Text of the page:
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Designing Coda's dark mode

A look into the design process of one of Coda's top requested features.
From community posts to customer support requests to hacky extension solutions, heard all of your requests for dark mode—and we felt the need to prioritize the feature in our latest ship-a-thon.

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After all, we want to give people docs they enjoy reading and using, day or night. 🌒

Not a simple switch—things got dark.

Because this was a heavily requested feature, the engineering team spent time away from primary work to start inverting colors from white to black. The result helped kick off the project on a code level, but the design was a painfully high-contrast interface that strained the eye and, in many cases, was illegible.

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The design team set out to reconstruct and introduce a new color palette (not just an invert). Let's just say things got dark.

Balancing the background color.

The background color sets the tone for the entire interface. Going too dark strains the eye and also limits the ability to use overlays or drop shadows that focus UI, like in a pop-up. In exploration, we set a spectrum of system-level dark themes, like Apple and Google, and looked at grey tones that offer more flexibility.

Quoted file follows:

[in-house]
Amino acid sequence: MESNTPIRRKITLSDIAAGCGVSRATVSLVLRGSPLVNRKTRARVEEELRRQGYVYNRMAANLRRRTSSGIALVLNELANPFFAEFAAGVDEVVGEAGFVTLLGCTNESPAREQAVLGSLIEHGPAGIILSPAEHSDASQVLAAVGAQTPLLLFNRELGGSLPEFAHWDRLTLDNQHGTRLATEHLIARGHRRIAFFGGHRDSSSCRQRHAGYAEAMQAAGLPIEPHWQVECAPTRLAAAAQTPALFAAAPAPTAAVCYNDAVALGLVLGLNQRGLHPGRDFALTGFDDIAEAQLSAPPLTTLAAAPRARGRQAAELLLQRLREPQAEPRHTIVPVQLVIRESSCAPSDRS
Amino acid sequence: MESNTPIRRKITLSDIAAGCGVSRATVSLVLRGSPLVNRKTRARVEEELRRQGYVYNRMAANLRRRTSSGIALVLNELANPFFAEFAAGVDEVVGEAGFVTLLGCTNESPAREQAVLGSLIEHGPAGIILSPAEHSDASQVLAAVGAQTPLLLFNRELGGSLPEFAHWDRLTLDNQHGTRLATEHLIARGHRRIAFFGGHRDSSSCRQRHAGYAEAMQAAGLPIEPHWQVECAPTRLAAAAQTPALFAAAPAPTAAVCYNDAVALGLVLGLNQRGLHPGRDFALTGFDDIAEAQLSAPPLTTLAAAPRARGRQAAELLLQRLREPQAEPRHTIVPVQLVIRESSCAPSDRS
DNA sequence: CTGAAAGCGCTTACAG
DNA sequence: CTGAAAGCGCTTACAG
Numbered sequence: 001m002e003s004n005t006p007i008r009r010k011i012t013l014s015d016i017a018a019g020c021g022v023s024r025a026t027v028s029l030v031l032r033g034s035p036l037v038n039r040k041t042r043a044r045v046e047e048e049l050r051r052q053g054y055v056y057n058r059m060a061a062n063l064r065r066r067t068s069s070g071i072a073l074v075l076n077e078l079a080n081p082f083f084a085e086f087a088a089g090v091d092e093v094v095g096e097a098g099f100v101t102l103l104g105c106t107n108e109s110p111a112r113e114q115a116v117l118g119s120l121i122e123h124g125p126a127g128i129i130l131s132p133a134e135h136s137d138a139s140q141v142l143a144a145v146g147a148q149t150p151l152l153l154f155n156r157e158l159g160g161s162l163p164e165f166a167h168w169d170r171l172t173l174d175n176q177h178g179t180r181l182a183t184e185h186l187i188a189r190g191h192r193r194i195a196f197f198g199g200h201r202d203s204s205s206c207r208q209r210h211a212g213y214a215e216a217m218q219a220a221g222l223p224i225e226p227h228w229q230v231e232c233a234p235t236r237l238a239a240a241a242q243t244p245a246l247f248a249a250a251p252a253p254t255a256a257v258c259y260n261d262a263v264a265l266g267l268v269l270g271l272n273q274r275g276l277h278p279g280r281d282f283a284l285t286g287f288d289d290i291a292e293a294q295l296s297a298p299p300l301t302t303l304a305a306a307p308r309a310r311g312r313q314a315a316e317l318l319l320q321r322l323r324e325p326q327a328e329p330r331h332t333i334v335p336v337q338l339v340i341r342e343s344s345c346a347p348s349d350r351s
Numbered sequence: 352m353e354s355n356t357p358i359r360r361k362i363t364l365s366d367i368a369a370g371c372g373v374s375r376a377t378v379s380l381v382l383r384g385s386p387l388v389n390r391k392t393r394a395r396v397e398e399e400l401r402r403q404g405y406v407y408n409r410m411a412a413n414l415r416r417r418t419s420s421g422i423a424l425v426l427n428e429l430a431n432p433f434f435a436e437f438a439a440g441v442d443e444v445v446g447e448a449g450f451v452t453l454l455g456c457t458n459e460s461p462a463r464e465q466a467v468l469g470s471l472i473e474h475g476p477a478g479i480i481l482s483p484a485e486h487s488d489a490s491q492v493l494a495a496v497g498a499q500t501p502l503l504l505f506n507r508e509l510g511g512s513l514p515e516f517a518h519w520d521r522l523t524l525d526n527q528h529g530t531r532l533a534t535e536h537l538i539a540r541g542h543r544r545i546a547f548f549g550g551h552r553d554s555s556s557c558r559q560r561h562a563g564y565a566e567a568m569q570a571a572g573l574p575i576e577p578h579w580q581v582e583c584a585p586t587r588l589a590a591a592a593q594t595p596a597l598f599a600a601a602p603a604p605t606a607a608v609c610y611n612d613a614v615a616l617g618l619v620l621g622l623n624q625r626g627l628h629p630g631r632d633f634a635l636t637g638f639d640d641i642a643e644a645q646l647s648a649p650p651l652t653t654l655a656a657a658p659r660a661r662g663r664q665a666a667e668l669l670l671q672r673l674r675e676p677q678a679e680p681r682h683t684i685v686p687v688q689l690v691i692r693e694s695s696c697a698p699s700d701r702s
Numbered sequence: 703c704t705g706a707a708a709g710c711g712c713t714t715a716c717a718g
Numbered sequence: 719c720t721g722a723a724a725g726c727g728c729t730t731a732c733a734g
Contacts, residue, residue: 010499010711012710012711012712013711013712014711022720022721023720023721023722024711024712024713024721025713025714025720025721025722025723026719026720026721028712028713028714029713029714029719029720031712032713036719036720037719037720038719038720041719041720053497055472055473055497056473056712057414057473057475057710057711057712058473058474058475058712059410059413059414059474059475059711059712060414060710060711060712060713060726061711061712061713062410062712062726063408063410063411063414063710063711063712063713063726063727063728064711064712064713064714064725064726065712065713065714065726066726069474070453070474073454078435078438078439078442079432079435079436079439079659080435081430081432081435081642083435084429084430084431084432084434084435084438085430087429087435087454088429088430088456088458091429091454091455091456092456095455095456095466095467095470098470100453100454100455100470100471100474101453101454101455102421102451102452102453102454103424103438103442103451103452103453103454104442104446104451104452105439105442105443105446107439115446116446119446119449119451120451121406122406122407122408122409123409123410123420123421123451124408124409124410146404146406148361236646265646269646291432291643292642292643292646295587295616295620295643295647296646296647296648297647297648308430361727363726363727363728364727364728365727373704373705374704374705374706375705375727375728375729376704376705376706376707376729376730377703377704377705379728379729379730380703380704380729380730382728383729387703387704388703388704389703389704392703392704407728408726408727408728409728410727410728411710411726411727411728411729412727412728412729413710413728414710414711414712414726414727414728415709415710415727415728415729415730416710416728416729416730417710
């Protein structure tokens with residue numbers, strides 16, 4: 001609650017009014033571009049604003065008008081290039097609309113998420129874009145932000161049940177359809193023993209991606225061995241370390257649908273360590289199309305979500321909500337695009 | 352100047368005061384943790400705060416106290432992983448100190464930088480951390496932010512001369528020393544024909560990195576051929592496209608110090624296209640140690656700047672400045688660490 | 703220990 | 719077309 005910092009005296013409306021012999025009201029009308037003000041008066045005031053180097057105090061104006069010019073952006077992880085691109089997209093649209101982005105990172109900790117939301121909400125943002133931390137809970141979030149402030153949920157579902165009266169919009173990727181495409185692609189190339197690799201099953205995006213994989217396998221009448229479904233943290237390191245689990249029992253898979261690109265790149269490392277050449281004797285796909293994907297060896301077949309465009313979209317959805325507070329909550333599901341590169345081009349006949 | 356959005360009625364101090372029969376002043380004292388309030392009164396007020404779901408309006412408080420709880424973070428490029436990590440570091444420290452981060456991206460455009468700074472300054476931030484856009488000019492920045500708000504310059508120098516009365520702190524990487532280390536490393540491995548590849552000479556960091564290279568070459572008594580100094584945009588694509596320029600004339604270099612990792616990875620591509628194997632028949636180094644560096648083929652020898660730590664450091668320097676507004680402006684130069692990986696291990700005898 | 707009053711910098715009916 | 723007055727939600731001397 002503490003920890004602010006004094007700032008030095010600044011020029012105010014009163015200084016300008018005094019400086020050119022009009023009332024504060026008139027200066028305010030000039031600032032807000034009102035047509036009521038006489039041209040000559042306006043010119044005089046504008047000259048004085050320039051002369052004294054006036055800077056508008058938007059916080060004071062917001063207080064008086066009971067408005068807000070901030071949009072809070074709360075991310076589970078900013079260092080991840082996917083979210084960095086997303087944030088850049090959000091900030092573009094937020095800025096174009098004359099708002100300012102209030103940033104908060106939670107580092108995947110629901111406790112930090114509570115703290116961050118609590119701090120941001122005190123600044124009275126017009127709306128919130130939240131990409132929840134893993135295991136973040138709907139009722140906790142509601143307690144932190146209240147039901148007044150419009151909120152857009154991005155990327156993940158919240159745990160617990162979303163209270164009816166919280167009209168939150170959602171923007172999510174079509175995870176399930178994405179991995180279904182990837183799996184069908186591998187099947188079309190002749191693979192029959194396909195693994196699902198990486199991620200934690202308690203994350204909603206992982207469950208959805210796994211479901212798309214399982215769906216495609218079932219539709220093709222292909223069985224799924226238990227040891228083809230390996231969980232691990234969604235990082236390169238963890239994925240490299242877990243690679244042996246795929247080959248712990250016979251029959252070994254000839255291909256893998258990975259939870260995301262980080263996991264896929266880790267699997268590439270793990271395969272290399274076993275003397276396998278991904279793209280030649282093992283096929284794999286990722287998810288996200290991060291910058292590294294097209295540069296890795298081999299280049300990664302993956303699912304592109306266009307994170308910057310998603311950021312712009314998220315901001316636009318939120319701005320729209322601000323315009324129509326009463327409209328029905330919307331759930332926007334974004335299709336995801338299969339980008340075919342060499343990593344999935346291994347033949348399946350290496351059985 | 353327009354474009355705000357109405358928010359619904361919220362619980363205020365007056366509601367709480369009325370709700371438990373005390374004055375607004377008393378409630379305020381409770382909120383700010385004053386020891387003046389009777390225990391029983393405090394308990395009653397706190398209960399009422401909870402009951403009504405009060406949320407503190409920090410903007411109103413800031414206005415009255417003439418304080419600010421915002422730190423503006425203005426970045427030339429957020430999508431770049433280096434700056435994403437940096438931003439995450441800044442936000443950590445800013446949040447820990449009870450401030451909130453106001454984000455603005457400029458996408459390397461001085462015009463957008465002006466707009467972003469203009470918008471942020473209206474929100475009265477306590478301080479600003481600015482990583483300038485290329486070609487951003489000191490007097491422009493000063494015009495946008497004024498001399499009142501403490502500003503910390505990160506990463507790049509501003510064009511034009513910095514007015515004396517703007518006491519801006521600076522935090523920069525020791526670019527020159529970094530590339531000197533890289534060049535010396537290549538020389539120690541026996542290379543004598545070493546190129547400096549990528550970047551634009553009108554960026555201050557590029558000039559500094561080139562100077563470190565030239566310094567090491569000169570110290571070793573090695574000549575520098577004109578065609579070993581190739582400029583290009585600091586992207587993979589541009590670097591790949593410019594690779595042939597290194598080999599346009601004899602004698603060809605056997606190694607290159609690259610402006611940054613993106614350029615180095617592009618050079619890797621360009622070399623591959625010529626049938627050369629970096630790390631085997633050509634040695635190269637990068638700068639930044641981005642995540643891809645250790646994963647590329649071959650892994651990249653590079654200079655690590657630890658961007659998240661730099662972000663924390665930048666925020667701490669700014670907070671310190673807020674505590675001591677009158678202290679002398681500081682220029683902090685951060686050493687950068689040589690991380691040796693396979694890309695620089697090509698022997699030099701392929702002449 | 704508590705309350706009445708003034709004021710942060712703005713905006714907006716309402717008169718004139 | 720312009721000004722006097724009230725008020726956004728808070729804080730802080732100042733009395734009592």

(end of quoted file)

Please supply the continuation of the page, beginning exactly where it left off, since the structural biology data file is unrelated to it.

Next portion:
Our decisions were based on a few guiding principles:
Browser-friendly:
Considering Coda works on the web, it was important to reference a browser’s dark mode behavior and make sure Coda played nicely with the surrounding chrome.
Document-friendly:
No surprise here, but considering Coda is an all-in-one doc, having an interface that is easy to read for long periods of time is crucial. We considered contrast ratios and evaluated other document tools.
UI elevation:
We understood the importance of finding a background light enough to offer the ability to use drop-shadows, overlays, and other use-cases without looking inverted.

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💡The end value is closely connected to browser preferences, but a little lighter to offer more depth perception and set a neutral tone for maker content.

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Elevation: Translating greys.

Achieving noticeable elevation proved to be the most important aspect of designing dark mode and, unfortunately, was also the hardest code-wise. This is primarily because elevation is achieved very differently in dark mode and light mode. For example, using a drop-shadow and adjusting its opacity and blur effect gives sufficient elevation in light mode and is a conveniently simple CSS value.

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When you apply the same treatment on a dark background, some of the effects are lost because the drop shadow color value is closer to the background. There is some effect considering the lighter grey background.

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But when you combine this with different variations of grey we start to see a stacking effect of elevation more clearly.